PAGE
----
A formal hearing was held Wednesday by the Nebraska Department of Health and Human Services to consider the operating license for the Pawnee Assisted Living Hotel.The downtown historic hotel was cited for deficiencies in operation and placed on probation. Its license as an assisted living facility was revoked in October, pending the outcome of this hearing.
Troubles clearly surfaced at the hotel during the summer, when HHS cited the Pawnee for a range of deficiencies, from cleanliness to medication administration.
Cold weather brought more difficulty. The hotel’s 93-year-old boiler quit Dec. 19. The staff made-do with temporary heaters, but several residents left. There are less than 40 residents in the hotel now. The capacity is 75.
The hotel has until Feb. 6 to submit additional information to the hearing officer, HHS spokeswoman Marla Augustine told the Bulletin Wednesday. Chief Medical Officer Dr. Joann Schaefer will review the information and is expected to make a decision within 2-3 weeks.
In early January, Schade called an emergency meeting and asked the community to help.
“We can’t sustain this building without help,” she said. “It is an albatross around my neck. We can’t do it alone.”
About 30 people – civic leaders, counselors, mental health care advocates and residents – listened. City Administrator Jim Hawks met later with Schade to look at the hotel’s financial situation. The Pawnee’s 2011 tax form showed the hotel suffered a 3.8 percent loss that year – losing $38,000 on a $1 million business.
Schade said the financial situation has not improved since then.
“This year won’t be better,” Schade told the Bulletin. “We’ve had too many troubles.”
The assisted living hotel is home to people with emotional and behavioral disabilities, most of whom are supported by Medicaid, which provides each one with about $1,100 a month. Each resident has a private room and bath in a small but sturdy hotel room, a rare environment for those supported by Medicaid. Many residents, guardians and staff say it provides an unmatchable environment for the emotionally disabled.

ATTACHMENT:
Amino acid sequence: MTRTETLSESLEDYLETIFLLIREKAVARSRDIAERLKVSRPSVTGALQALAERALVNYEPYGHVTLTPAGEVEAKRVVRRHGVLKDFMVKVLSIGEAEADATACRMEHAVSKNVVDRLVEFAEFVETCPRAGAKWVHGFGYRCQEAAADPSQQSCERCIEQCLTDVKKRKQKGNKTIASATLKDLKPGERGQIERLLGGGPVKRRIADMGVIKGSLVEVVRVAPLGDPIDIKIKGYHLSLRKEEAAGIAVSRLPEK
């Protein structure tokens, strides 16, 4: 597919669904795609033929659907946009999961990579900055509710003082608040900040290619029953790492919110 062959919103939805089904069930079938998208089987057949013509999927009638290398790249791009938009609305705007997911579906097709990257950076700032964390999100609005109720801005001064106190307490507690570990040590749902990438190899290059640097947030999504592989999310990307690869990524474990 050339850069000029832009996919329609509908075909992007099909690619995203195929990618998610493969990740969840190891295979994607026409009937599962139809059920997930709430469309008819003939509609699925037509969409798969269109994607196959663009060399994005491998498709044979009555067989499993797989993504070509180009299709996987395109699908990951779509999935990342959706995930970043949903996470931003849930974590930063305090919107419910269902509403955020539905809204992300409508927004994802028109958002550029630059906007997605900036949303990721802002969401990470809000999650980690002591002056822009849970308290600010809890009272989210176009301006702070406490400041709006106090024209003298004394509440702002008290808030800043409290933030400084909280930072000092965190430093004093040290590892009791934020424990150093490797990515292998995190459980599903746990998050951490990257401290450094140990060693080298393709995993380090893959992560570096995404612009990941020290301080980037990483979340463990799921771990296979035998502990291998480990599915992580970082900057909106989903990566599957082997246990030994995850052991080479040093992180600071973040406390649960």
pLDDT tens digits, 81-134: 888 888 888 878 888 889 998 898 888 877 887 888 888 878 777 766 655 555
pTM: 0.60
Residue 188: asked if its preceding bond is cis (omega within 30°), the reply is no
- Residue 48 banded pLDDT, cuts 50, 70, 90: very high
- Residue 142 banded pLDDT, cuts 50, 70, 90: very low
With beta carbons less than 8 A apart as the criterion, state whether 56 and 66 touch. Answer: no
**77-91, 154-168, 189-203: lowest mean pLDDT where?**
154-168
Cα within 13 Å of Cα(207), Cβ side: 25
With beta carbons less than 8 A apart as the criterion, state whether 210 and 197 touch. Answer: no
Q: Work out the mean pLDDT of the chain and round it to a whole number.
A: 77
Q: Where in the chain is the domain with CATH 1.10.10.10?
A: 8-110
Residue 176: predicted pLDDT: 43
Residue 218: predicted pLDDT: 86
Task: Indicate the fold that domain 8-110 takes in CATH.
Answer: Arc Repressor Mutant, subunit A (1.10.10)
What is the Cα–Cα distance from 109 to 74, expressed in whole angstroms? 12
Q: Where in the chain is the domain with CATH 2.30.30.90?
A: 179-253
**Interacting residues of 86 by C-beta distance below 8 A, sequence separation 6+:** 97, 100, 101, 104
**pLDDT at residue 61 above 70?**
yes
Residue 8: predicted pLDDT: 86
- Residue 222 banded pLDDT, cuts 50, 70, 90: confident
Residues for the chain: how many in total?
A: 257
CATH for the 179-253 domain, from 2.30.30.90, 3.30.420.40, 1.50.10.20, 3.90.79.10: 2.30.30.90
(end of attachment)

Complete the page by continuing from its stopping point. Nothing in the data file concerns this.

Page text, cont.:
“I have a resident who had no success anywhere else in the state but here,” said guardian Dorothy Rice at the meeting. “This is one of the better places.”
“Having our own rooms with a bathroom is very important to us,” said Mary Books-Mills, a former Pawnee resident who is now living on her own. “That much privacy is a big deal to a person (mental health patient) who has no emotional privacy.”
Schade says her heart is with the residents but she has lost her love for the building. She would like to find another place for the operation.
Still, Schade said the building has value.
“No one wants to see it abandoned and deteriorate,” she said. “It even has value for what we’re doing. You can put a lot of people in here without rubbing elbows.”
Schade said people with family members in the hotel donated a total of $1,300 to help out, on top of other smaller-but-significant contributions.
A handful of major donors have expressed interest in saving the building.
If the hotel loses its assisted living license, it could still operate as an independent living center, which does not require a license, but could not provide health-related services, Augustine said.